The fire, says Glassman’s daughter, Shayna Craig, had been designed to kill her father. “The bullets were thrown in the fire and were supposed to hit my dad as he opened the door to see what was going on,” she says.
On the day of the capture, Glassman, according to a written statement, had noticed “a rifle butt in the backseat of the suspect’s car” and had been called to help with the arrest, partly so he could help identify Berkowitz. In the hectic days that followed the capture, Glassman would be thrust into the public eye and eventually recognized as one of the many officials responsible for cracking the case. Glassman apparently loved his fame.
“My dad wanted Sylvester Stallone to play him in a movie, but the movie studios didn’t even want to look at it,” Craig says. “He was doing a publicity tour from the day the capture happened. He was writing letters to movie studios; he was all over the place doing radio and newspaper interviews.”After learning of Glassman’s intention to publish a book, New York City Police Detective Ed Zigo (who, along with Glassman and Detective Falotico, is credited with playing a major role in the Berkowitz arrest), dropped a snarky letter: “Hi Craig—remember me? I hear you’re writing a BUCK, I mean a book, about me and David. Be fair, Craig—I love you, too! (I’m famous also now—David sure did you and me a favor, didn’t he?)—Ed.” According to Shayna Craig, Detective Zigo—even decades later—refused to acknowledge the role Glassman had played in the Berkowitz arrest.
The book about Glassman—who died in a car accident in 1991—is titled Off the Wall and, due to a very limited print run, has become a collector’s item, currently selling for around $300 on Amazon. (One copy is priced at $750 because it is inscribed by Glassman.)
For others, fame and fortune were less welcome. Detective Falotico, for example, didn’t enjoy his celebrity. His daughter, today a New Jersey resident, reports that Falotico—whose picture had been featured on the front page of nearly every major newspaper—eventually grew tired of the long interviews that netted only seconds of airtime. “TV stations would call and he would give them interviews. They would talk for an hour but only show a few minutes. He really became very disheartened. Eventually, he got disgusted.” Detective Falotico died in 2006 at age 81.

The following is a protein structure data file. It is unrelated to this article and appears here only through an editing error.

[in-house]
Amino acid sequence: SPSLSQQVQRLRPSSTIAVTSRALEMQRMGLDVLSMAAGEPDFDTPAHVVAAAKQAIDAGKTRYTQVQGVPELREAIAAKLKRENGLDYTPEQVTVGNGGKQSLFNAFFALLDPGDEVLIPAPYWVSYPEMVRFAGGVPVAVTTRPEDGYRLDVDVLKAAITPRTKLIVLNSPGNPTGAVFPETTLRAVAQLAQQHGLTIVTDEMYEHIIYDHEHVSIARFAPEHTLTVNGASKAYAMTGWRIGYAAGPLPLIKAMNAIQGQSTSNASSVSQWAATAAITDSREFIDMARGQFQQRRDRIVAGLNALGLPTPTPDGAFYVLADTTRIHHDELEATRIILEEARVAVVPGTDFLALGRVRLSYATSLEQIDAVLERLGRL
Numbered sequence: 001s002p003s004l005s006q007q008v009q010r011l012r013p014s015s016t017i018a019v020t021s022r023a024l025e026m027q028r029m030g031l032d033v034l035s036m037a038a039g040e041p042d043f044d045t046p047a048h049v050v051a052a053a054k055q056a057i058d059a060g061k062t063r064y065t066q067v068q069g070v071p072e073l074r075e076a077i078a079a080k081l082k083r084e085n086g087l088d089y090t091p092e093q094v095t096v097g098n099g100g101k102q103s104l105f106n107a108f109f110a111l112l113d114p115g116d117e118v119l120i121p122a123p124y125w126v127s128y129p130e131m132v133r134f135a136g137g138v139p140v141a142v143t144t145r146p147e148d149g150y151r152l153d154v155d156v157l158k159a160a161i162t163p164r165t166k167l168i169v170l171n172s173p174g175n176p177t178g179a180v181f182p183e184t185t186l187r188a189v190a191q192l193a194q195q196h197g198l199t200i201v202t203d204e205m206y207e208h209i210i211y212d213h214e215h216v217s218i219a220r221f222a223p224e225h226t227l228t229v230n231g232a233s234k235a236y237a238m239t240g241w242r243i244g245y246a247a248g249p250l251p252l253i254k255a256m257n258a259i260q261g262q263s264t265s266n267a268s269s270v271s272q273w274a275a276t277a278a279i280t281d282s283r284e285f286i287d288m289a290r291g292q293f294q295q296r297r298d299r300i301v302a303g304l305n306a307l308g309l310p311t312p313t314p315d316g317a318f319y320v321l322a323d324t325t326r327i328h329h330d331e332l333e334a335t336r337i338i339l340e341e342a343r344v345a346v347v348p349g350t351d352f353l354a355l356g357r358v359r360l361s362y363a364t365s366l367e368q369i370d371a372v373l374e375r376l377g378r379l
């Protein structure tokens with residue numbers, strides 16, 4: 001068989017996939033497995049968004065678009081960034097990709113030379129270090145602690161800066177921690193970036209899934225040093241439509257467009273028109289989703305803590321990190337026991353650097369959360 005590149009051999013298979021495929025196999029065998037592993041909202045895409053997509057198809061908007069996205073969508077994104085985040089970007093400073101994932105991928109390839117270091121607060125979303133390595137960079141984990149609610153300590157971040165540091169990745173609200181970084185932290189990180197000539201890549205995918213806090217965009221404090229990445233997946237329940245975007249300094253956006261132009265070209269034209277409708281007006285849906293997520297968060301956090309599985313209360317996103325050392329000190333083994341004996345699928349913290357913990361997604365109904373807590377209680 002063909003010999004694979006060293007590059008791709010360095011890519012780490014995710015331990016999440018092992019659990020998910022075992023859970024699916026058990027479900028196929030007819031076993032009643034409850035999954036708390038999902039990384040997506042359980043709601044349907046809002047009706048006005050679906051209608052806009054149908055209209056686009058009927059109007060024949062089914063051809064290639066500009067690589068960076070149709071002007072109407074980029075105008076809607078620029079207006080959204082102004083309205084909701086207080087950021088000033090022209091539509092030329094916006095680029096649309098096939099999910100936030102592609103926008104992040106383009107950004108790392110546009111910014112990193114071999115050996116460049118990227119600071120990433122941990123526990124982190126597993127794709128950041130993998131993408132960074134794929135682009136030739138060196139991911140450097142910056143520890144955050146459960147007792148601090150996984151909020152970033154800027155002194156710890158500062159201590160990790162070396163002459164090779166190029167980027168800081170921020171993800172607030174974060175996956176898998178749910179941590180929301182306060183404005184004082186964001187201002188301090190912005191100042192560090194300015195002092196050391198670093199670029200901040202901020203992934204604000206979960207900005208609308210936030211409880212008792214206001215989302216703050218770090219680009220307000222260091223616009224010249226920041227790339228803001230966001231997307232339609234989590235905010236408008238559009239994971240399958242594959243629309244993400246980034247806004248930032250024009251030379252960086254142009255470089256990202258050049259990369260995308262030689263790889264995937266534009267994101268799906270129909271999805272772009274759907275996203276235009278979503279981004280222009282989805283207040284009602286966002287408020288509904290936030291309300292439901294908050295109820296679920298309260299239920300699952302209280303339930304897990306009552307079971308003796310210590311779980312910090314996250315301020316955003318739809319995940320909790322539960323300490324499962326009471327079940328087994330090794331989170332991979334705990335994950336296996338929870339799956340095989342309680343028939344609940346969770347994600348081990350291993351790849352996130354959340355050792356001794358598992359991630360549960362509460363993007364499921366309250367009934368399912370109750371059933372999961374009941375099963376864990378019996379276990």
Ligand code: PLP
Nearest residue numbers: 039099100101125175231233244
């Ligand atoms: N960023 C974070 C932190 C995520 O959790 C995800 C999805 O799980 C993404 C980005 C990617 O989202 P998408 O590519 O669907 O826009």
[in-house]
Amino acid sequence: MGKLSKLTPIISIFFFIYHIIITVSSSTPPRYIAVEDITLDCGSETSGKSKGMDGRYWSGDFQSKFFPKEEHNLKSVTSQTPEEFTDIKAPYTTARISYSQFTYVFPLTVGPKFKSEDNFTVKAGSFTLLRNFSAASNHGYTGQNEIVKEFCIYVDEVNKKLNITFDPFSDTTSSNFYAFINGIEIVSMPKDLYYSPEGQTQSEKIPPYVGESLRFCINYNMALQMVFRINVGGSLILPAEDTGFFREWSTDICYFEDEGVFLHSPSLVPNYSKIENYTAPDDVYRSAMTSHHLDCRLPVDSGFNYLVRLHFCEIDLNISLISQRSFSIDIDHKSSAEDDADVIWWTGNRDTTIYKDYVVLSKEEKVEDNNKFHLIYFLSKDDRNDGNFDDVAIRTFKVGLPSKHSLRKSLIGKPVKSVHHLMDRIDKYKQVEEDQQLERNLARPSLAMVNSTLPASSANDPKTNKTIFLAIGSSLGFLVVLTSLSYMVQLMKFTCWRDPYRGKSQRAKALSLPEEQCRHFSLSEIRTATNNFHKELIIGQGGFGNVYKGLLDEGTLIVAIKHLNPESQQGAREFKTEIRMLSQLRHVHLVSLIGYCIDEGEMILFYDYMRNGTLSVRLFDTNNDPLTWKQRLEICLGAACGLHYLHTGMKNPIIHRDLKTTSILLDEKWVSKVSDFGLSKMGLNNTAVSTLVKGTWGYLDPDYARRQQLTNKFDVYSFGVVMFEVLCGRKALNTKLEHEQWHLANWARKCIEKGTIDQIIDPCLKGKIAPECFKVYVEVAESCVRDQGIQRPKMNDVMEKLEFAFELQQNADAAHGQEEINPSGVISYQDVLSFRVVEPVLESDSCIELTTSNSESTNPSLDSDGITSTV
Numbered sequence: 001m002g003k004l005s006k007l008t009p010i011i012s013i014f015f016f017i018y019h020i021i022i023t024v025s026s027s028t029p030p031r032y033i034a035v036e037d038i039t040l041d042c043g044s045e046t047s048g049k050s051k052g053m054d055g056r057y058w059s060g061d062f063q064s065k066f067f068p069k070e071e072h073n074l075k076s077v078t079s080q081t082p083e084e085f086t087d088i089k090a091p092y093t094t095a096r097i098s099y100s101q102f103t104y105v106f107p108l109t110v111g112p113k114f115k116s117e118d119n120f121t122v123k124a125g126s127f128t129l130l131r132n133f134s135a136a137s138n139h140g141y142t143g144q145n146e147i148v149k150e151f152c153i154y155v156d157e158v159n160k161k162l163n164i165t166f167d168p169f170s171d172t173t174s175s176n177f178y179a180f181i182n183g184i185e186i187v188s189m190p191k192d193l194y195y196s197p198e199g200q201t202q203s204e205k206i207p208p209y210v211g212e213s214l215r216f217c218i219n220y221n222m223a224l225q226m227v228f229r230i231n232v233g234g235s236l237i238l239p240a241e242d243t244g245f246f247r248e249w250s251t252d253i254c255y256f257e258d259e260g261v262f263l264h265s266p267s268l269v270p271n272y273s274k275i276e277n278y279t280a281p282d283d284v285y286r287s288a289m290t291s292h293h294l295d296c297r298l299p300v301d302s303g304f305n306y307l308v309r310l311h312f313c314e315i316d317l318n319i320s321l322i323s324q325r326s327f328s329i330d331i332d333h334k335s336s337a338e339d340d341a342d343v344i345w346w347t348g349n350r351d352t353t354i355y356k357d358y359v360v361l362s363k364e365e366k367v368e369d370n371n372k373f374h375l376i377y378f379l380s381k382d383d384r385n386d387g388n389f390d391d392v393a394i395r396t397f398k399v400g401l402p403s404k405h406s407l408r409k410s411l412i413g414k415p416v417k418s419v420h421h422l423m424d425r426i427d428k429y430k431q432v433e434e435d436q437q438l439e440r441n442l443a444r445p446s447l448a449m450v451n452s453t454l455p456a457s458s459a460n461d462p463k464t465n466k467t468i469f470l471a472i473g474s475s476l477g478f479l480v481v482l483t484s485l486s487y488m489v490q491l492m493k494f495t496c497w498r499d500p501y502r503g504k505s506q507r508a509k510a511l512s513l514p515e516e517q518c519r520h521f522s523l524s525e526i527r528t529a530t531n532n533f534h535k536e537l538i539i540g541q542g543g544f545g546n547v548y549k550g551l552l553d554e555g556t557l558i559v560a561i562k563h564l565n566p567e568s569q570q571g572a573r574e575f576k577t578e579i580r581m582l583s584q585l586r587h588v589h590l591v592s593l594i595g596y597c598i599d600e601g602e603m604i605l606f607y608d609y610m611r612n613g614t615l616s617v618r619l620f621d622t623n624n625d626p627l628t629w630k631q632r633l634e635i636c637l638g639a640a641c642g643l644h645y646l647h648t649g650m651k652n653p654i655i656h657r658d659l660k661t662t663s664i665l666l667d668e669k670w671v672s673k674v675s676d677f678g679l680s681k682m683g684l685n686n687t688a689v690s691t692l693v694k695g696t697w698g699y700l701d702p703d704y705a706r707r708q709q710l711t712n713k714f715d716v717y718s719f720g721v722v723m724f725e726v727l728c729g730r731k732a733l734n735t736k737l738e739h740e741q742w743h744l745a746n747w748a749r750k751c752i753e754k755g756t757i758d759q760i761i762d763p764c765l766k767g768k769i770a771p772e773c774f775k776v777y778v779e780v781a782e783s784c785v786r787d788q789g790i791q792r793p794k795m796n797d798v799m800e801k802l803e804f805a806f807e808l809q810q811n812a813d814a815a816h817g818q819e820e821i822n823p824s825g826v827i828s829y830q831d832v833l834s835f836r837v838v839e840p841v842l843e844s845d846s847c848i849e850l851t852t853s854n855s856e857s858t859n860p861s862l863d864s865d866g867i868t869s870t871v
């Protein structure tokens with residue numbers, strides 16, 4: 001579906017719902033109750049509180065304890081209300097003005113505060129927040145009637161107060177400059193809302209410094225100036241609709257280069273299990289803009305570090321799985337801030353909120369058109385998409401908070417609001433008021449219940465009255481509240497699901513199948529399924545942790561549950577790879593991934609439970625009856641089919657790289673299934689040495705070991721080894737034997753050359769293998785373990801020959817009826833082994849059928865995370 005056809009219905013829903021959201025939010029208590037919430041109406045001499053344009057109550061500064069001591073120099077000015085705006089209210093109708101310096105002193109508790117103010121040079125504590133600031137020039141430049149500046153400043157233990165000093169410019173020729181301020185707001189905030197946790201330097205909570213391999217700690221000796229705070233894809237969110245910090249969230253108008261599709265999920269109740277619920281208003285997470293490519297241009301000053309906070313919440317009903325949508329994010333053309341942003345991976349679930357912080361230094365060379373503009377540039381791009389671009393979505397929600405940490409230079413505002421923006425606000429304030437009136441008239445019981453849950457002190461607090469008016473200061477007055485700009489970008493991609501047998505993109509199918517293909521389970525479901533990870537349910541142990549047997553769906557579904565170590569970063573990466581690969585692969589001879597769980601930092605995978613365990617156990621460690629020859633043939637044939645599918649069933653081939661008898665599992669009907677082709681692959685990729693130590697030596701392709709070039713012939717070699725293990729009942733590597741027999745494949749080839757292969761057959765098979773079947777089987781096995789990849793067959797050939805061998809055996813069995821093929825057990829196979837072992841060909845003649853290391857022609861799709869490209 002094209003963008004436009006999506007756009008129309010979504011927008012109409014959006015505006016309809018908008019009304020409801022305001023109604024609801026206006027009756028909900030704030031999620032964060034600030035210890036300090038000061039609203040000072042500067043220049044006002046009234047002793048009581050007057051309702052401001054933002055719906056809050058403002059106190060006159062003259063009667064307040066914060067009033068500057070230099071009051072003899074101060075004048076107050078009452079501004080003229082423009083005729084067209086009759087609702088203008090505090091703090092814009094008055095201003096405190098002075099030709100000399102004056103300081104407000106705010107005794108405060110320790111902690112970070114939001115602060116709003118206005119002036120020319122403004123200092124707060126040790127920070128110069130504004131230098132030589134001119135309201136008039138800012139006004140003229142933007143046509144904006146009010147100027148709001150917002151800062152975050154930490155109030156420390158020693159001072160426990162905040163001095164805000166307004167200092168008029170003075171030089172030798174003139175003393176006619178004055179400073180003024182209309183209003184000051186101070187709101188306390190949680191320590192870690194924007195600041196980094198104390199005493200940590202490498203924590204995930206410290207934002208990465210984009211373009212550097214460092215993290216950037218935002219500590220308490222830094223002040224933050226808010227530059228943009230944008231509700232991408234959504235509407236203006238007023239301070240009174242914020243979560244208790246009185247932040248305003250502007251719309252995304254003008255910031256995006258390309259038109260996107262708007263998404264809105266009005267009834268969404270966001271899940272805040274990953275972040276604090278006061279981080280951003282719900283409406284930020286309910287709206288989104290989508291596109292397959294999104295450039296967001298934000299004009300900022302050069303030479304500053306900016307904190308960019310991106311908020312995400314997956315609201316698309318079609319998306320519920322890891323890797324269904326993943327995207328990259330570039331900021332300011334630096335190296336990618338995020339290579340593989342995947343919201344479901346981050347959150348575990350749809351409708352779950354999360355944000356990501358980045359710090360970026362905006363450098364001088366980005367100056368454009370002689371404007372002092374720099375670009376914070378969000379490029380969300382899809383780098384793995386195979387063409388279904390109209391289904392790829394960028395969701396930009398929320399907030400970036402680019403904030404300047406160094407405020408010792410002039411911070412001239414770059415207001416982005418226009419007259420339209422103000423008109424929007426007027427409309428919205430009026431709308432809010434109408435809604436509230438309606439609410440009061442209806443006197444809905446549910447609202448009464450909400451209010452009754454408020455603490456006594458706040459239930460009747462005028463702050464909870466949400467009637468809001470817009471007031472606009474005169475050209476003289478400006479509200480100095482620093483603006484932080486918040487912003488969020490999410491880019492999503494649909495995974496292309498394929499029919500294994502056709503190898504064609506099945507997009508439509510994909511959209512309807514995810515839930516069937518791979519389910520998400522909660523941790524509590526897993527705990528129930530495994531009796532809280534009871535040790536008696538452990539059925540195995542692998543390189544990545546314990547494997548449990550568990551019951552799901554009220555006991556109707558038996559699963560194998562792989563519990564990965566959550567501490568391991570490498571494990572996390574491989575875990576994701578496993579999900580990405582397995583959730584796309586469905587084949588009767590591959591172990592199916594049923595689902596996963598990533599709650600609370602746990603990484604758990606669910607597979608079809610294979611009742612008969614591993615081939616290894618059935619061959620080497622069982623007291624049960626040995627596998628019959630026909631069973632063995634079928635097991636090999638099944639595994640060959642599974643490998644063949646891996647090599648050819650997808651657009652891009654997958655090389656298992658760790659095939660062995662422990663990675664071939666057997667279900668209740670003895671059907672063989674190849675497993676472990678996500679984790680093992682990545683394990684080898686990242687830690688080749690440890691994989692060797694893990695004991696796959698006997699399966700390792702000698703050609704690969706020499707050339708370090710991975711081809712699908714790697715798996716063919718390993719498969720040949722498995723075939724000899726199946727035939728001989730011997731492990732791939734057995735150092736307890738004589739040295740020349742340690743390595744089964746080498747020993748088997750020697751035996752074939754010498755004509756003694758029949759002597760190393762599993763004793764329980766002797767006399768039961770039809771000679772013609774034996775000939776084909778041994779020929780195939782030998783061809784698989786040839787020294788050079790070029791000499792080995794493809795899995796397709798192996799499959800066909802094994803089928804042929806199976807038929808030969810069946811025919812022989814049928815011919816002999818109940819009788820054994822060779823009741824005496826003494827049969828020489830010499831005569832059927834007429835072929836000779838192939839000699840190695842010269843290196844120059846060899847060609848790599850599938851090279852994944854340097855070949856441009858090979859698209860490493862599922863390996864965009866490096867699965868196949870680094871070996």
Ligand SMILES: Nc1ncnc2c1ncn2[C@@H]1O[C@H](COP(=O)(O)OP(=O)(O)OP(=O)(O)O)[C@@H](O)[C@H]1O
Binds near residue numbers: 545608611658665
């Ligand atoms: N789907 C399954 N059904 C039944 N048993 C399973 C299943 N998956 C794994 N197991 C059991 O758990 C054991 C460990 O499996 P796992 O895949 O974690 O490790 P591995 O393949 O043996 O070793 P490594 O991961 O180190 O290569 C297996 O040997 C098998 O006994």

Today, Berkowitz, 58, sits in cell D-North #148 at the Sullivan Correctional facility in Fallsburg, New York, a small town about 100 miles north of New York City. Balding and portly, he walks with a slight limp and carries a long scar that extends from the base of his left ear to the middle of his neck—the result of being slashed with a razor blade by a fellow inmate in 1979. He is well liked among prison staff and, somewhat ironically, is allowed to counsel inmates suffering from mental illness.
Since his incarceration, Berkowitz has developed a slavish devotion to religion (known in prison-speak as “jailhouse religion”) and hesitates to discuss the details of his life in Westchester and the crimes that garnered him such infamy. “It is just too painful,” he claims. In response to a request for an interview, Berkowitz—who uses an old Swintec typewriter to communicate with the outside world—mailed this letter:
Dear Nathan, I hope this letter reaches you well and finds you doing well. I apologize for not getting back to you sooner. Somehow I misplaced your letter and came across it again. I’d like to make sure this reaches you before I write again.
Meanwhile I am enclosing some material for you to read [six pages in total]. I hope you will find it to be both encouraging and inspirational. God only knows how sorry I am for what had happened in the past. He has, for reasons only He knows, showed mercy to me, a man most undeserving of it. I am so very thankful for what Jesus Christ did for me. I’m not sure you understand all this, but if God did not somehow reach out to me when He did, I’d not be alive today. I’d have most likely taken my own life by now. But where Christ is, there is hope. My best to you. Sincerely, David.
Oddly enough, Berkowitz, who was sentenced to 365 years in prison, is eligible for parole this month. However, Berkowitz announced last summer that he will not seek parole. Nevertheless, should he change his mind, the possibility of his release is incredibly slim.